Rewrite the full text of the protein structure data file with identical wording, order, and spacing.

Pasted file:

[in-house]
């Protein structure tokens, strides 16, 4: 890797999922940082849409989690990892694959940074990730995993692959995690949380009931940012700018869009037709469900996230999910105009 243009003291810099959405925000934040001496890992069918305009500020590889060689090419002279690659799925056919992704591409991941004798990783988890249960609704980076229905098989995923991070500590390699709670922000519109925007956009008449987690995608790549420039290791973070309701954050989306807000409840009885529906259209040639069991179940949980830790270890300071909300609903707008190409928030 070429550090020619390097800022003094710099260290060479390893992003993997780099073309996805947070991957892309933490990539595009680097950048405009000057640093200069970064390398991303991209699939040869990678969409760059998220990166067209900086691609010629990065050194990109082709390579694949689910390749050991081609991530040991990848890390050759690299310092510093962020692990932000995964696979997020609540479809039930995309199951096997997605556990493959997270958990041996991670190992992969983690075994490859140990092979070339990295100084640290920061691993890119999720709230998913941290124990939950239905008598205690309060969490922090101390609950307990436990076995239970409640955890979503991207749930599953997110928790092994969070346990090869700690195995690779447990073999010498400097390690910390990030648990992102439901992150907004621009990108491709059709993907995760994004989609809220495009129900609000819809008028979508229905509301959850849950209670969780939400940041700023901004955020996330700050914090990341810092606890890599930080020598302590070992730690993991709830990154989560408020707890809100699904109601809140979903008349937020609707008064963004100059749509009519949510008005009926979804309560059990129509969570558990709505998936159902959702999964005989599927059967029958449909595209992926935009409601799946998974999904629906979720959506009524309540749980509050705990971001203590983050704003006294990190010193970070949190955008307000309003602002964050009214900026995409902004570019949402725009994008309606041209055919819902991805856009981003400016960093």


[in-house]
């Protein structure tokens, strides 16, 4: 890797999922940082849409989690990892694959940074990730995993692959995690949380009931940012700018869009037709469900996230999910105009 243009003291810099959405925000934040001496890992069918305009500020590889060689090419002279690659799925056919992704591409991941004798990783988890249960609704980076229905098989995923991070500590390699709670922000519109925007956009008449987690995608790549420039290791973070309701954050989306807000409840009885529906259209040639069991179940949980830790270890300071909300609903707008190409928030 070429550090020619390097800022003094710099260290060479390893992003993997780099073309996805947070991957892309933490990539595009680097950048405009000057640093200069970064390398991303991209699939040869990678969409760059998220990166067209900086691609010629990065050194990109082709390579694949689910390749050991081609991530040991990848890390050759690299310092510093962020692990932000995964696979997020609540479809039930995309199951096997997605556990493959997270958990041996991670190992992969983690075994490859140990092979070339990295100084640290920061691993890119999720709230998913941290124990939950239905008598205690309060969490922090101390609950307990436990076995239970409640955890979503991207749930599953997110928790092994969070346990090869700690195995690779447990073999010498400097390690910390990030648990992102439901992150907004621009990108491709059709993907995760994004989609809220495009129900609000819809008028979508229905509301959850849950209670969780939400940041700023901004955020996330700050914090990341810092606890890599930080020598302590070992730690993991709830990154989560408020707890809100699904109601809140979903008349937020609707008064963004100059749509009519949510008005009926979804309560059990129509969570558990709505998936159902959702999964005989599927059967029958449909595209992926935009409601799946998974999904629906979720959506009524309540749980509050705990971001203590983050704003006294990190010193970070949190955008307000309003602002964050009214900026995409902004570019949402725009994008309606041209055919819902991805856009981003400016960093």